GMG has always supported the packaging space. Summers explains that their products span proofing, prototyping, and pressroom controls. “The introduction of the wide-gamut inkjet printers from Epson, especially with its new ability to reproduce white, and HP and Canon mean that all the top aqueous inkjet suppliers have offerings in this space. This is very helpful in producing proofs for expanded gamut printing as well as being able to hit files with CMYK and spot colors,” he says.
Greater color accuracy from expanded gamut inkjets printing with UV inks is also changing the face of prototyping. “People want to prototype new ideas,” Summers says. “With UV inkjet that can print on the actual substrate that will be used, such as sheet metal, cardboard, and clear materials, you can make a realistic prototype. Before you could inkjet onto a box but it was ‘kind-of-but-not-really.’”
In fact, he reports that in Europe, companies are using the UV inkjet output for final products. To date there have been reports of limited-edition beer kegs on sheet aluminum, cookie and chocolate packages to name a few. GMG showed this capability at Print 09 with a combination of its ColorServer and SmartProfiler driving a Mimaki inkjet device.

Litho press wonders
Many offset press manufacturers in the packaging space—Heidelberg, KBA, Komori, Mitsubishi—also build machines with color management consoles and inline color controls. For example, KBA North America in Dallas recently announced that Boehmer Box, a specialist in the offset printing of paperboard packaging based in Kitchener, Ontario, is installing a new Rapida 142 56" six-color sheetfed press. It is equipped with the company’s Densitronic Pro, a combined density and color measuring system. Deviations from defined target densities, color values and other quality parameters (dot gain, trapping, etc.) are recognized and displayed. With integration for online control, the density and spectral deviations are converted into corrective adjustments for the individual ink keys. The Densitronic Pro controls the density and spectral parameters of each sheet by measuring along control strips or directly on the image.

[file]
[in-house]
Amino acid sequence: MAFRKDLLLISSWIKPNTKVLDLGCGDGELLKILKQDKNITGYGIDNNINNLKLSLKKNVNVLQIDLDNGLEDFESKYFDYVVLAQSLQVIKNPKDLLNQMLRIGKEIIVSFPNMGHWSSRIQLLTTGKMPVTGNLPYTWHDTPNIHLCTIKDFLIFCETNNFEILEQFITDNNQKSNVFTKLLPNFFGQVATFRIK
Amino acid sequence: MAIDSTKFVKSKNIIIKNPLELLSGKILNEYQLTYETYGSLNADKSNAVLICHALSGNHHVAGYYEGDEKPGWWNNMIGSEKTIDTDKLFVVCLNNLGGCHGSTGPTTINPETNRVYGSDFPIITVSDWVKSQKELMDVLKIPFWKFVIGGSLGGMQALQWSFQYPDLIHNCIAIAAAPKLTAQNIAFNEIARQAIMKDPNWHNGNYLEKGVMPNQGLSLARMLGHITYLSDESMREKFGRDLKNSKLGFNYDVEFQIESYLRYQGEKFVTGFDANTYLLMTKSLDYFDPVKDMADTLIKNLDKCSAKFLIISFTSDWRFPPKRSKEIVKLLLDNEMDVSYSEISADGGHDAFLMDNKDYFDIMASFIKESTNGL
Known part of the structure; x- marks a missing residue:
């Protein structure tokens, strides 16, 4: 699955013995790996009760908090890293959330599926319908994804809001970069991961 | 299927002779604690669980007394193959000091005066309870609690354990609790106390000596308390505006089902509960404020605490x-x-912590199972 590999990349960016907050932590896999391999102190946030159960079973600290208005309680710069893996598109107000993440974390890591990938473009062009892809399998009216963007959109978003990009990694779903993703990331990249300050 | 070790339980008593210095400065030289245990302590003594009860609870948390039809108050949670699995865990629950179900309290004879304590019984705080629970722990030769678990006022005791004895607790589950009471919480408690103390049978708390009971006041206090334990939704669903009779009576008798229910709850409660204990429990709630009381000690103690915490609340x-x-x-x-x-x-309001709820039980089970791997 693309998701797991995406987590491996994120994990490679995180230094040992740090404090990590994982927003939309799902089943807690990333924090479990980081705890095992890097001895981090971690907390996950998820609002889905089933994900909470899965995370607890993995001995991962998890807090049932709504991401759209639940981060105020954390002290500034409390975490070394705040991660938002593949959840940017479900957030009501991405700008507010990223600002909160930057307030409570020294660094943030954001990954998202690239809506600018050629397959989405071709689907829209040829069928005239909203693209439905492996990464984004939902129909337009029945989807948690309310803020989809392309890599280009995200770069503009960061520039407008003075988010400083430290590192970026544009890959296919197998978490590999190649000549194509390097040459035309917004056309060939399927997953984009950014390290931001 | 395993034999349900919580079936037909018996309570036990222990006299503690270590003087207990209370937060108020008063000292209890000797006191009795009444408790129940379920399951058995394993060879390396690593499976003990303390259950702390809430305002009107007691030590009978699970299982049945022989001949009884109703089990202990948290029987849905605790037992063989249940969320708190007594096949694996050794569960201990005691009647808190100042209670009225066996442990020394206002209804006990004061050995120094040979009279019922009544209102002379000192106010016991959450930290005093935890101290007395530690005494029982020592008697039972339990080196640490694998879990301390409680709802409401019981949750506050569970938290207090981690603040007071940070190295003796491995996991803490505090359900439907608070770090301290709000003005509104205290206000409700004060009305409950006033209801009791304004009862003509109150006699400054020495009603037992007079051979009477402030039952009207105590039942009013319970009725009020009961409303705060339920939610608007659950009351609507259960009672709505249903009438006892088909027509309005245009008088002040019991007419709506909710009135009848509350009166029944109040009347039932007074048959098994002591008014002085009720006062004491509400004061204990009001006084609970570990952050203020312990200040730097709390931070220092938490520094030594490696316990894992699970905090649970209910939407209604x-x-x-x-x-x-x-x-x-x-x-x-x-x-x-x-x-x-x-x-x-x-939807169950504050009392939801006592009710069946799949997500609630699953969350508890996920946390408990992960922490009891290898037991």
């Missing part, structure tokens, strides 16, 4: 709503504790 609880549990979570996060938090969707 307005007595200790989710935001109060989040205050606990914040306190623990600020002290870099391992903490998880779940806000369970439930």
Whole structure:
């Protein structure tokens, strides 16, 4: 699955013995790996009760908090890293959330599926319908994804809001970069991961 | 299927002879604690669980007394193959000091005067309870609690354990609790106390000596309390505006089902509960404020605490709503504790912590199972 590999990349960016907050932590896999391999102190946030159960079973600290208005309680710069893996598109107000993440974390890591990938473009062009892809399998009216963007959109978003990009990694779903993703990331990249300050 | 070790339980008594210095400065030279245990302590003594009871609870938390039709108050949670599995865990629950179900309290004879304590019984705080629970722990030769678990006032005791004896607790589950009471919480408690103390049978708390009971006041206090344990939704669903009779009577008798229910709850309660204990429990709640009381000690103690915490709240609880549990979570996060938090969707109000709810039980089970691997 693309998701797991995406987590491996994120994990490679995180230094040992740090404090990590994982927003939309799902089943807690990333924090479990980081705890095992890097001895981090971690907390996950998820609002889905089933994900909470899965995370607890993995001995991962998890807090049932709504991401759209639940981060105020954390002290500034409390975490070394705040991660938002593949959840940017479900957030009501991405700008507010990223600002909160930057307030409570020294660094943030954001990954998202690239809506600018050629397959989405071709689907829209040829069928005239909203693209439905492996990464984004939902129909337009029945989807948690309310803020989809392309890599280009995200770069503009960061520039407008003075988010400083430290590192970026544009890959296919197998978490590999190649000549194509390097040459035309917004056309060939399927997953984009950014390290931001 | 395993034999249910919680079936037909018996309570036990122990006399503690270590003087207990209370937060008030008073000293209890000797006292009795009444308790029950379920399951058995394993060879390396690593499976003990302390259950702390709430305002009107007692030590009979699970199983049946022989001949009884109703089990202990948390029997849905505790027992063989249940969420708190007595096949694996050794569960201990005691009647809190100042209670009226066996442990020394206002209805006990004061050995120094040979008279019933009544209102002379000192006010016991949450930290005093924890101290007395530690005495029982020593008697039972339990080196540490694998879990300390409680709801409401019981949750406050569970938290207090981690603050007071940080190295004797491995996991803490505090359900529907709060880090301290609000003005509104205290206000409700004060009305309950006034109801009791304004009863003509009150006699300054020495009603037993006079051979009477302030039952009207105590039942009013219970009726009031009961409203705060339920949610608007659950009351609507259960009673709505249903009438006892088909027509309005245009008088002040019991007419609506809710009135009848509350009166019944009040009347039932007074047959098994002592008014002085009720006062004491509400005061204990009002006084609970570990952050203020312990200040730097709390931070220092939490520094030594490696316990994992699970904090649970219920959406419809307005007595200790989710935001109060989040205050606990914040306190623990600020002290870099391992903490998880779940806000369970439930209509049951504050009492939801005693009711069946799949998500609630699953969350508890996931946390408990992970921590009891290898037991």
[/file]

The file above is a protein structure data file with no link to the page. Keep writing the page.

A Heidelberg customer, Diamond Packaging in Rochester, NY, exemplifies how significant inline color control is. Diamond recently installed a state-of-the-art, UV-capable, eight-color Heidelberg Speedmaster XL 105 in a special configuration. The 15-station lineup on the press is: a flexo unit followed by two drying units, then eight litho units, an extended delivery unit, another flexo unit, and two more dryers. The arrangement lets the company produce high-gloss applications with dispersion or other coatings, in addition to gold, silver or other special effects.
With customers in the cosmetic, health and personal care, pharmaceutical, nutraceutical and food and confectionery industries, color reproduction is critical at Diamond. All three of its Heidelberg presses have the Prinect Press Center control console and the Prinect Inpress Control inline color and register control system.
“We use the color management console on all three presses,” says Dave Rydell, Diamond’s vice president of technology development. “It’s a great system and we are very reliant on it.” Rydell describes how color management in the pressroom has enabled them to handle client colors more efficiently. “We used to save jobs,” he says, “but finding the right job to repeat certain colors took a lot of time. Now, when we get customer approvals, we save the color as in L*a*b* for a color formula. Now we can call up colors out of our library and add new colors as well.”